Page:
E. Webster, while Mrs. Helen E. 
Sanborn has been a faithful and 
painstaking secretary. Careful study 



and pleasant met tings have opened 
new fields of interest to the members. 
During the winter the society lias 
held class drills on our native birds, 
which ought to enable its members 

^ — * — -• 

Miss Grace E. Stevens. 
President Association Club, connected with V. II'. C. A. 

to identify our common feathered 
visitors. Records are kept of all the 
birds seen in this locality. During 
the summer, field meetings have been 
pleasant occasions. The economic 
feature of bird preservation has not 
been overlooked. Laws for their pro- 
tection have been carefully posted in 
and about town. Indirectly through 

the influence of this society much or- 
nithological interest has been aroused 
in the public schools. 

A botanical department of this so- 
ciety, under the guidance of Miss 
Proctor, has carefully studied the 
ferns of this vicinity. The two lines 
of study prove very attractive, only it 
is found a difficult task to look both 
upward and downward at once. 

As the meetings of the Woman's 
Club are held in the afternoon, many 
who are occupied during the day are 
necessarily debarred from its privi- 
leges. The Young Woman's Chris- 
tian Association, through its educa- 
tional committee, during the past 
year, has sustained an "Association 
Club." While a branch of the 
Y. W. C. A., it has its own officers 
and constitution. Current Events 
have alternated with Practical Talks 
on various subjects. Some papers 
given at the Woman's Club have 
been repeated here, and other friends 
have kindly furnished delightful 

Anything that broadens the out- 
look upon life and stimulates thought 
upon ennobling subjects cannot fail 
to have a beneficent influence upon 
the people of to-day, and thus upon 
the nation of to-morrow. While this 
continues to be the object of our va- 
rious clubs, we wish them abundant 


Hy Clara B. Heath. 

If the faults of a friend we wish to prove 
There is nothing lost by delay ; 

And to-morrow will do for a labor of love, 
But a wrong should be righted to-day. 



By Ci 

ireuce Moores 


f| g] M people of Xew England have 
£j )§ Ml had their attention repeatedly 

3iURlXG the last few years the 


called to the depredations of 
out two species of Tent caterpil- 
lars. They have seen the culmina- 
tion of an outbreak of the convinon 
American Tent caterpillar of the 

Fig. i . The 

ican Yer.t Caterpil !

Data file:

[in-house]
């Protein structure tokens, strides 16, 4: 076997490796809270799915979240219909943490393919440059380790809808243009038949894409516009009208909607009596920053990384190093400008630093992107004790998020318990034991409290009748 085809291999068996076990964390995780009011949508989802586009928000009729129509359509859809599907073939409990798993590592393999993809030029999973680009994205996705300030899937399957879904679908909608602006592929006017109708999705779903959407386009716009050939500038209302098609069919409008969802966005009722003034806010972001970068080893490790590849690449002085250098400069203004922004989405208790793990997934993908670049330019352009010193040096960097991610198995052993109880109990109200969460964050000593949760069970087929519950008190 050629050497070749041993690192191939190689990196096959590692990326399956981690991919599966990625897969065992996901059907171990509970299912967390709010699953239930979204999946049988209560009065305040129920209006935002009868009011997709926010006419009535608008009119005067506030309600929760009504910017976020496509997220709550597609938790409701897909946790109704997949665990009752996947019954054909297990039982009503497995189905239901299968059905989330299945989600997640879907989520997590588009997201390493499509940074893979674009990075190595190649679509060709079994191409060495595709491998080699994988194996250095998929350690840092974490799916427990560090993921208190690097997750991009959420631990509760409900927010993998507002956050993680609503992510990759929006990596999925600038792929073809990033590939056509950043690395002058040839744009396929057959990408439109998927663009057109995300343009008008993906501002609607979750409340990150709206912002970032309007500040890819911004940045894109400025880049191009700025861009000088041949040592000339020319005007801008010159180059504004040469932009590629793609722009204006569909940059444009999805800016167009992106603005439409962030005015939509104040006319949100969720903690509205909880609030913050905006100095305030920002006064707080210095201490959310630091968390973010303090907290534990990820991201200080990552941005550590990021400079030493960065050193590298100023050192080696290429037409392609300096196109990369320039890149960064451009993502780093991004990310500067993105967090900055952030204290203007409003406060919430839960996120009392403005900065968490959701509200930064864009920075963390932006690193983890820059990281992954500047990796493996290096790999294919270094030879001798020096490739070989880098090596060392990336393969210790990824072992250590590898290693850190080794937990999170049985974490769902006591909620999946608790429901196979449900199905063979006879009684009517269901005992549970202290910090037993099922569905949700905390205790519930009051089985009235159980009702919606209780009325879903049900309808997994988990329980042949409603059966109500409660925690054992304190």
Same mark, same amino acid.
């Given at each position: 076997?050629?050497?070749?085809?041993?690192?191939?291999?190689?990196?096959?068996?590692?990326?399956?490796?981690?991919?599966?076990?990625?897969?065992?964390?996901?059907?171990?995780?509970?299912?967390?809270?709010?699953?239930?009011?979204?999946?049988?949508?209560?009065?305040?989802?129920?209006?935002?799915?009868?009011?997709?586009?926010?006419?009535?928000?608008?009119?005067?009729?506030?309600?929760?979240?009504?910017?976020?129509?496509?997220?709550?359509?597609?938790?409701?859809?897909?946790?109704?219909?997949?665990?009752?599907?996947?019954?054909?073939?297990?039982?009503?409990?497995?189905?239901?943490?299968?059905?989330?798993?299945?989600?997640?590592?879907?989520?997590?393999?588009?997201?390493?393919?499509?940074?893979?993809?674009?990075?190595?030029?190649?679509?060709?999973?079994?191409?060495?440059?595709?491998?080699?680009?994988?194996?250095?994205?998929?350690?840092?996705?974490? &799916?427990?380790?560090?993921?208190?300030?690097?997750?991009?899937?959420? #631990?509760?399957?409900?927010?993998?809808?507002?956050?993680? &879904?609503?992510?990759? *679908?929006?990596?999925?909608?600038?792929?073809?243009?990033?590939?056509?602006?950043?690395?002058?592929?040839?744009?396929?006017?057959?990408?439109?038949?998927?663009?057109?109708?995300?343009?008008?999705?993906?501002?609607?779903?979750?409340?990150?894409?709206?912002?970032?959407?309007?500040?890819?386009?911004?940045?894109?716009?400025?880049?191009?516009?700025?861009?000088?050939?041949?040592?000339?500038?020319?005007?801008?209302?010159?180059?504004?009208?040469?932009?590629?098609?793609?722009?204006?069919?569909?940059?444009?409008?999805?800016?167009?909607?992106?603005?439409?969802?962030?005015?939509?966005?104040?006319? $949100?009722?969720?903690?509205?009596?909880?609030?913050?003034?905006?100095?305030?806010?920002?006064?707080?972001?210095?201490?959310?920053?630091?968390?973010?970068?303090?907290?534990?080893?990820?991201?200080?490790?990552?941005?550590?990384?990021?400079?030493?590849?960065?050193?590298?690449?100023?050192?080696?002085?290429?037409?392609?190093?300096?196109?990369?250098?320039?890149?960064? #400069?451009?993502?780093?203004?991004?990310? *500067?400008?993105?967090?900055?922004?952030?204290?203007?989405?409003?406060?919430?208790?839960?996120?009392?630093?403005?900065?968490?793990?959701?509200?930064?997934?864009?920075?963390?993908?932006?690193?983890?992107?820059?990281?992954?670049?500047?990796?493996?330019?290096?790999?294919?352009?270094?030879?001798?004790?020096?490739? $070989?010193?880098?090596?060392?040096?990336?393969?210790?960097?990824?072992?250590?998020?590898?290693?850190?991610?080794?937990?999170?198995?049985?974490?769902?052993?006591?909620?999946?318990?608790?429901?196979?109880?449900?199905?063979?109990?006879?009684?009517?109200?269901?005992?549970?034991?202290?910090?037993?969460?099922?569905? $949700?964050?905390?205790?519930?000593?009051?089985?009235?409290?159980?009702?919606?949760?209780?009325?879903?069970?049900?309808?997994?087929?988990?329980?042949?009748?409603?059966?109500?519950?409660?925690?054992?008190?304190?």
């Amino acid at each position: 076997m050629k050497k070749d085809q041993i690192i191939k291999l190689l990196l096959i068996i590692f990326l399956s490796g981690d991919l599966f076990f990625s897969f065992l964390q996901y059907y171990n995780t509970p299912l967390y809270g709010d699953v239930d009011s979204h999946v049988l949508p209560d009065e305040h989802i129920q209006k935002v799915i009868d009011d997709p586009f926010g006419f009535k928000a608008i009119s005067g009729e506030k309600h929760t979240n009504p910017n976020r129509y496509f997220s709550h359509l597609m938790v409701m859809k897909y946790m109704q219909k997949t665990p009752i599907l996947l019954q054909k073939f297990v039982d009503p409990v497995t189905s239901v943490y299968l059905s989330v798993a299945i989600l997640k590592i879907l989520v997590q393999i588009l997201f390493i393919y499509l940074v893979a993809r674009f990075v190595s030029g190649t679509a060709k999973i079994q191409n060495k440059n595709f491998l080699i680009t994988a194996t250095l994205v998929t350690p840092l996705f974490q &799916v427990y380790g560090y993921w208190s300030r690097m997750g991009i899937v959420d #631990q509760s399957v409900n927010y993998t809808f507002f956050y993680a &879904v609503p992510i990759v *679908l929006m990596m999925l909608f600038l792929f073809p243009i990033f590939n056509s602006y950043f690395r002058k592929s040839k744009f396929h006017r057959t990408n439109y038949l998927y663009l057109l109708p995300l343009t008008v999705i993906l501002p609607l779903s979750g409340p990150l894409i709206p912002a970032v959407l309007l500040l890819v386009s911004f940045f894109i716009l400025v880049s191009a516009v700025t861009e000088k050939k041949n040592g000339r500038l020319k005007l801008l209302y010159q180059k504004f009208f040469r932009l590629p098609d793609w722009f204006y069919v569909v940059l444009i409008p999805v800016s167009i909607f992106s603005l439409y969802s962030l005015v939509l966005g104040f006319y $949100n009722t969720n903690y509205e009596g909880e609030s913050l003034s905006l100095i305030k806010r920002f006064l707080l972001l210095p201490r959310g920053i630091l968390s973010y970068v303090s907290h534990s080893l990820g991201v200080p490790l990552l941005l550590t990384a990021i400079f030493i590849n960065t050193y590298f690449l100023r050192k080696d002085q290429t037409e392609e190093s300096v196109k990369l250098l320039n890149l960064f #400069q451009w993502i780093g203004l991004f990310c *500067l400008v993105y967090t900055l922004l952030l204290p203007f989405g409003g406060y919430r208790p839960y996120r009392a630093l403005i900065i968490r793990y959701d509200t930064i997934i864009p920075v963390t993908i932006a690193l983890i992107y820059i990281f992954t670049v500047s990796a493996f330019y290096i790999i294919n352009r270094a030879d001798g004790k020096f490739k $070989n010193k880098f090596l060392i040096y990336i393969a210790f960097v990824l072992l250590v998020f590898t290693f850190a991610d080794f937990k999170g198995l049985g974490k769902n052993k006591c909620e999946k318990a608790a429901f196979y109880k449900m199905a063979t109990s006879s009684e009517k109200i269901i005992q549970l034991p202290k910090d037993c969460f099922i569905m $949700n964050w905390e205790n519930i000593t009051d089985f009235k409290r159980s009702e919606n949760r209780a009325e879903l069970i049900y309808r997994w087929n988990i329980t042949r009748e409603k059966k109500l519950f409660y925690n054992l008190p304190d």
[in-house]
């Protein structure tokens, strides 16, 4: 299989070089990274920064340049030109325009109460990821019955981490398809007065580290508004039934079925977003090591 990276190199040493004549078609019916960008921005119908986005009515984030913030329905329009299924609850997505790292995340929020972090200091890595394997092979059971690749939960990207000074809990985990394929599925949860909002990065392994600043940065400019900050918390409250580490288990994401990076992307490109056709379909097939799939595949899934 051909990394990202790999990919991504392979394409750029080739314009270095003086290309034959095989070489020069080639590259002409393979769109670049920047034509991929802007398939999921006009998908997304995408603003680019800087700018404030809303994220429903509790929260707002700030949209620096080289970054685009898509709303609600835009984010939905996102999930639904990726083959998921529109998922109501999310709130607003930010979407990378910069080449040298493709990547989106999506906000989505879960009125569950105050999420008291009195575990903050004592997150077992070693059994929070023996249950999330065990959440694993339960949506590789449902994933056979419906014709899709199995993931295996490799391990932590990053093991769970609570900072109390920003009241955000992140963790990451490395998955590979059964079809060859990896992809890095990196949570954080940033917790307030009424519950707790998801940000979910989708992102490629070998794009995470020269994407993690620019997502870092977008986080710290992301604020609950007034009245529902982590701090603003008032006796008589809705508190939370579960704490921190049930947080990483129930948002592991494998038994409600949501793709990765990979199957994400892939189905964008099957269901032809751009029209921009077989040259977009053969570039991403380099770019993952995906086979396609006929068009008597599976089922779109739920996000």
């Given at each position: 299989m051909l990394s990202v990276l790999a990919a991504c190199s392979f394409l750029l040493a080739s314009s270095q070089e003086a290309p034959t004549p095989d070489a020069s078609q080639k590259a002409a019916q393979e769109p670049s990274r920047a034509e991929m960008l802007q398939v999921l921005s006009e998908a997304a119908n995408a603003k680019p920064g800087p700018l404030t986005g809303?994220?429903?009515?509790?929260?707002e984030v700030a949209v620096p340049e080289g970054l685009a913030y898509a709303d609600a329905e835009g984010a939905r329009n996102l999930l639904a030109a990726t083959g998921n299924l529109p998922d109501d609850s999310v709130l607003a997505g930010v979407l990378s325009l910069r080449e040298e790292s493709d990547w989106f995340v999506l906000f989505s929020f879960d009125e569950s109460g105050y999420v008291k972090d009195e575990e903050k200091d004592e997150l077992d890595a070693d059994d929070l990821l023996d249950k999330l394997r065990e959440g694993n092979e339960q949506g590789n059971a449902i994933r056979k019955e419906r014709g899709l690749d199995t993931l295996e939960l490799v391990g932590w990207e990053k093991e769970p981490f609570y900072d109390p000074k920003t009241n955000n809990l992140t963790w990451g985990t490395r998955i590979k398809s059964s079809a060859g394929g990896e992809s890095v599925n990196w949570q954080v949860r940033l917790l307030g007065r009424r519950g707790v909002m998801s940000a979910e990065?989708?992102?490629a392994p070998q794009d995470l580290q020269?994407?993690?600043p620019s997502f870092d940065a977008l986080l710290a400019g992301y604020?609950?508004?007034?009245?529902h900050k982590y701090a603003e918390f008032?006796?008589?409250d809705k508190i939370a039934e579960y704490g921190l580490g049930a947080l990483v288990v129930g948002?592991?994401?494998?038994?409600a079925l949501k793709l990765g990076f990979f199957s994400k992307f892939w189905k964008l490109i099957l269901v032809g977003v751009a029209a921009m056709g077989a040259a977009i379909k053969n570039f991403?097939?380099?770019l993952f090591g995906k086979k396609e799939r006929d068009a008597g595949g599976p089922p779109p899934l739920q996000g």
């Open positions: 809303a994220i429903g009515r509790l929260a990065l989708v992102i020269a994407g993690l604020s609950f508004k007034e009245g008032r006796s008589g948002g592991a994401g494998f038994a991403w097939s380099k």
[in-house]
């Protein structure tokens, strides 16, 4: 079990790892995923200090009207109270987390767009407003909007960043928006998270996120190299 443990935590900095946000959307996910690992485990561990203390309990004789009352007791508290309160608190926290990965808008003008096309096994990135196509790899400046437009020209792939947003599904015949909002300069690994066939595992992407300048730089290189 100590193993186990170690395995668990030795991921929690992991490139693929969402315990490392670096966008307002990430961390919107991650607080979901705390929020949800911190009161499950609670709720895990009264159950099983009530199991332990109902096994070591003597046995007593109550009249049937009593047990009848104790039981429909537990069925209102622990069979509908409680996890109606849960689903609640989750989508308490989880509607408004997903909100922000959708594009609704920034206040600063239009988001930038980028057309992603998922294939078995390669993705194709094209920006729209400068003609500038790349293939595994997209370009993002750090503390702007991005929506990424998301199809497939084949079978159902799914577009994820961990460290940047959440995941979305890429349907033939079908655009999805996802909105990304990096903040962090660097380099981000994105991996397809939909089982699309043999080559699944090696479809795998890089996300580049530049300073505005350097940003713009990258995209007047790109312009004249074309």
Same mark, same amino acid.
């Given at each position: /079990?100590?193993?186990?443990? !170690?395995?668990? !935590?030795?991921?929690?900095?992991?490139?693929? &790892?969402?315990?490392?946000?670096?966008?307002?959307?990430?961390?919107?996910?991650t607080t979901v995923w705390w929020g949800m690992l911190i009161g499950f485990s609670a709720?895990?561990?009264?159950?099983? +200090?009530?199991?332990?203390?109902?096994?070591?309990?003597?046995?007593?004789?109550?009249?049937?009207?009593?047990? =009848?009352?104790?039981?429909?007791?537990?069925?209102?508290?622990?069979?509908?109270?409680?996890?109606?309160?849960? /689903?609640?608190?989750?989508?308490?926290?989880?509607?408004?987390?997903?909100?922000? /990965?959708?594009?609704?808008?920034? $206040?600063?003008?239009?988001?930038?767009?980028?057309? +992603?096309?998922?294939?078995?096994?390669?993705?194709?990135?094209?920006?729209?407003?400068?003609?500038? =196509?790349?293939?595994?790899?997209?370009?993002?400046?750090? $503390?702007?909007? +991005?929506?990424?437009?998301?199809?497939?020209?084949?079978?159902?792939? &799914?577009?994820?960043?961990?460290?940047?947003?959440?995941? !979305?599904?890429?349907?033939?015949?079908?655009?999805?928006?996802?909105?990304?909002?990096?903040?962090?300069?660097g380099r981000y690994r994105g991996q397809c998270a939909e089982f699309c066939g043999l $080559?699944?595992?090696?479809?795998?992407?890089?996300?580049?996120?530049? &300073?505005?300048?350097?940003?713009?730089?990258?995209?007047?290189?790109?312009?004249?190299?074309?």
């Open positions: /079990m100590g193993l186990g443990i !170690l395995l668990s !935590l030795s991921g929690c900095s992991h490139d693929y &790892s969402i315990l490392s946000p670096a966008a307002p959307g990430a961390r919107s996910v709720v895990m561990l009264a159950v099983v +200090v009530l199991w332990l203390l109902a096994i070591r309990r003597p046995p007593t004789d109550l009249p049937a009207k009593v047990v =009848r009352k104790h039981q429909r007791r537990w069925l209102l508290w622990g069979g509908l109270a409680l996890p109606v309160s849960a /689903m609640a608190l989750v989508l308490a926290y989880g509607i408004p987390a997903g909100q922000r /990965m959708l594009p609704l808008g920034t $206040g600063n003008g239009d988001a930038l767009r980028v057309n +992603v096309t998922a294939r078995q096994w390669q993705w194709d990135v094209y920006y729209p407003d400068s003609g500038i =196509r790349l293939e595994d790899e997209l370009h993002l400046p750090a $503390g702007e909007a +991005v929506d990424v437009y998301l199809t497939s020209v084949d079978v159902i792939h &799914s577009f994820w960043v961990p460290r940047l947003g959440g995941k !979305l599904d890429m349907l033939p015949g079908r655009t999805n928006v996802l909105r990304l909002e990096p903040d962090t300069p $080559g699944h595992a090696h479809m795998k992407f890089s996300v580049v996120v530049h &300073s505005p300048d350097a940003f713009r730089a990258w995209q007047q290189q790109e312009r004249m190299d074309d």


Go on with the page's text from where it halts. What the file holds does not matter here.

roadside and orchard, and the de- 
velopment of a very serious outbreak 
of the Forest Tent caterpillar. In 
bulletins issued by the New Hamp- 
shire College Agricultural Experi- 
ment station I have discussed the 
economic phases of these outbreaks, 
and I wish in this article to point out 
some of the more interesting pecu- 
liarities of these insects considered 
from the point of view of adaptation 
of habit to surroundings. For these 
creatures, like most others, are what 
they are simply by virtue of their 
gradual adaptation to the special con- 
ditions of their lives. 


One of the best examples of a tent- 
making insect is found in the com- 
mon American Tent caterpillar of the 
orchard and highway. In July the 
eggs of this insect are laid in masses 
of two hundred or more which encir- 
cle the twigs of wild cherry and ap- 
ple trees. They remain unhatched 
until early the following spring, 
then the tiny caterpillars gnaw holes 
in the egg shells, and crawl out. 
When they first emerge the)- hud- 
dle together on the mass of empty 
shells, but they soon migrate to 
the nearest fork in the .twig. From 
the time of hatching they spin wher- 
ever they go a silken web. 

When they have 
on the forked 
twig they spin 
a web over as 
well as under 
themselves, and 
this web thus 
becomes a shel- 
tering tent. 
Sometimes this 
shelter tent is 
made so near 
the original 
place of hatch- 
ing that it cov- 
ers the empty 
mass of egg 
shells. Such 
a condition is 
illustrated in 
Fi<r. 2. 



2. SmiM tent over 



Fig. 3. Ter.t where s-everai limbs branc.n out. 

From the shelter tent they have 
thus provided, the caterpillars inarch 
along the twig to the unfolding leaves. 
Upon these they feed, returning to 
shelter again when hunger is satis- 
fied. To go out and come in the lit- 
tle architects have left one or more 
openings which serve as doorways. 
They remain within the tent at night, 
and much of the time in rainy weath- 
er. New layers of silk are added to 
the outside of the tent as the days go by. 

It commonly happens that the first 
tent is made near the end of the 
branch in the fork of a small twig. 
In such cases the food supply beyond 
the tent is soon exhausted, and it is 
difficult to enlarge the shelter be- 
cause there are but the two branches 
to build it upon. Consequently it 
can only be a flat tent, with little 
room inside. 

To avoid these difficulties the cat- 
erpillars, as they grow larger often 
migrate down the limb to a place 
where three or more branches go off 
in various directions. Here a new 
and larger tent is built, doors being 
left in suitable places. This home 
now becomes the center of a new area 
of leaf destruction as the caterpillars 
crawl along the various branches to 
feed upon the foliage. 

The most critical periods in the 
lives of caterpillars are the moulting 
periods. The insects are then slug- 
gish ami unable to defend themselves 
by wiiggle or flight. Of course these 
tent caterpillars utilize their shelter 
during these dangerous days, so that 
on the inside of a large tent you may 
always find the cast skins of the dif- 
ferent moults that the larvae have 
passed through. 

As the caterpillars go back and 

Fig. 4. Tent near end of branch enclosing many twigs. 

forth from shelter to food and from